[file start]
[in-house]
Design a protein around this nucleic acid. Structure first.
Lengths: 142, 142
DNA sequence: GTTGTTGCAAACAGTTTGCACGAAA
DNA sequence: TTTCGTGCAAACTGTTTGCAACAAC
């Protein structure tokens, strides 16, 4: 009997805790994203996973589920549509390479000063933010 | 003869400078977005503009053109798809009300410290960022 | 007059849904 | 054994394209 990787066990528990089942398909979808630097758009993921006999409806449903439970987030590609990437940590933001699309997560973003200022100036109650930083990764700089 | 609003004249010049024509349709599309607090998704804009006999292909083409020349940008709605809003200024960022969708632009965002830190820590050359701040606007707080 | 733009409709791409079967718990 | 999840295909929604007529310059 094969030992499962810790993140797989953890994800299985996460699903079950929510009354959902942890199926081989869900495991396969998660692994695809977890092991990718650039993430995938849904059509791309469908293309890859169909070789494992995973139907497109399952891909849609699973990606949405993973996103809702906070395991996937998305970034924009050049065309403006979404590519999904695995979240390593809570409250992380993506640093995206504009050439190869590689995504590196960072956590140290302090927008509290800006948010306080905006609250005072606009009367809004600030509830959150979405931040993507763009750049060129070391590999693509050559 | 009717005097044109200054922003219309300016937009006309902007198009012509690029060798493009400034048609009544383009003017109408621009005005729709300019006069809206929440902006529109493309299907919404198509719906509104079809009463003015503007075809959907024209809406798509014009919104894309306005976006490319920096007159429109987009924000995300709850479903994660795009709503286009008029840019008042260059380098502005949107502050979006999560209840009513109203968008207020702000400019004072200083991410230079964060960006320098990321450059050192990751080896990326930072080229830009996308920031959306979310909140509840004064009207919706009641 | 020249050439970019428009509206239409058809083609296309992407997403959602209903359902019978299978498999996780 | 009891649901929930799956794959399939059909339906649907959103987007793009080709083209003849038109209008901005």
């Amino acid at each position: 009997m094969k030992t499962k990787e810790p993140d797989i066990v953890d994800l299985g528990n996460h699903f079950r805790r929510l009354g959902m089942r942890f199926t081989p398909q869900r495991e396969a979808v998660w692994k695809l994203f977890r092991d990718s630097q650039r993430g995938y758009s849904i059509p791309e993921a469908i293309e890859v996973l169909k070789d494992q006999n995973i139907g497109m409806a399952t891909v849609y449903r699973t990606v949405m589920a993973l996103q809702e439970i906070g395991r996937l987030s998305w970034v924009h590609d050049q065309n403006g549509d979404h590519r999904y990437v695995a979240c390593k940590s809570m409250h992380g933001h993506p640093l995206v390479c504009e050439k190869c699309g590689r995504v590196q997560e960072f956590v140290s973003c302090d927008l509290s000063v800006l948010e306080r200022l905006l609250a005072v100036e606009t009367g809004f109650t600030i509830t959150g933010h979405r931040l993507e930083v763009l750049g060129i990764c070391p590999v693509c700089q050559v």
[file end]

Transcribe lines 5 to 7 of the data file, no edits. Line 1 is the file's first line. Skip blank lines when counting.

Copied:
DNA sequence: TTTCGTGCAAACTGTTTGCAACAAC
């Protein structure tokens, strides 16, 4: 009997805790994203996973589920549509390479000063933010 | 003869400078977005503009053109798809009300410290960022 | 007059849904 | 054994394209 990787066990528990089942398909979808630097758009993921006999409806449903439970987030590609990437940590933001699309997560973003200022100036109650930083990764700089 | 609003004249010049024509349709599309607090998704804009006999292909083409020349940008709605809003200024960022969708632009965002830190820590050359701040606007707080 | 733009409709791409079967718990 | 999840295909929604007529310059 094969030992499962810790993140797989953890994800299985996460699903079950929510009354959902942890199926081989869900495991396969998660692994695809977890092991990718650039993430995938849904059509791309469908293309890859169909070789494992995973139907497109399952891909849609699973990606949405993973996103809702906070395991996937998305970034924009050049065309403006979404590519999904695995979240390593809570409250992380993506640093995206504009050439190869590689995504590196960072956590140290302090927008509290800006948010306080905006609250005072606009009367809004600030509830959150979405931040993507763009750049060129070391590999693509050559 | 009717005097044109200054922003219309300016937009006309902007198009012509690029060798493009400034048609009544383009003017109408621009005005729709300019006069809206929440902006529109493309299907919404198509719906509104079809009463003015503007075809959907024209809406798509014009919104894309306005976006490319920096007159429109987009924000995300709850479903994660795009709503286009008029840019008042260059380098502005949107502050979006999560209840009513109203968008207020702000400019004072200083991410230079964060960006320098990321450059050192990751080896990326930072080229830009996308920031959306979310909140509840004064009207919706009641 | 020249050439970019428009509206239409058809083609296309992407997403959602209903359902019978299978498999996780 | 009891649901929930799956794959399939059909339906649907959103987007793009080709083209003849038109209008901005």
């Amino acid at each position: 009997m094969k030992t499962k990787e810790p993140d797989i066990v953890d994800l299985g528990n996460h699903f079950r805790r929510l009354g959902m089942r942890f199926t081989p398909q869900r495991e396969a979808v998660w692994k695809l994203f977890r092991d990718s630097q650039r993430g995938y758009s849904i059509p791309e993921a469908i293309e890859v996973l169909k070789d494992q006999n995973i139907g497109m409806a399952t891909v849609y449903r699973t990606v949405m589920a993973l996103q809702e439970i906070g395991r996937l987030s998305w970034v924009h590609d050049q065309n403006g549509d979404h590519r999904y990437v695995a979240c390593k940590s809570m409250h992380g933001h993506p640093l995206v390479c504009e050439k190869c699309g590689r995504v590196q997560e960072f956590v140290s973003c302090d927008l509290s000063v800006l948010e306080r200022l905006l609250a005072v100036e606009t009367g809004f109650t600030i509830t959150g933010h979405r931040l993507e930083v763009l750049g060129i990764c070391p590999v693509c700089q050559v």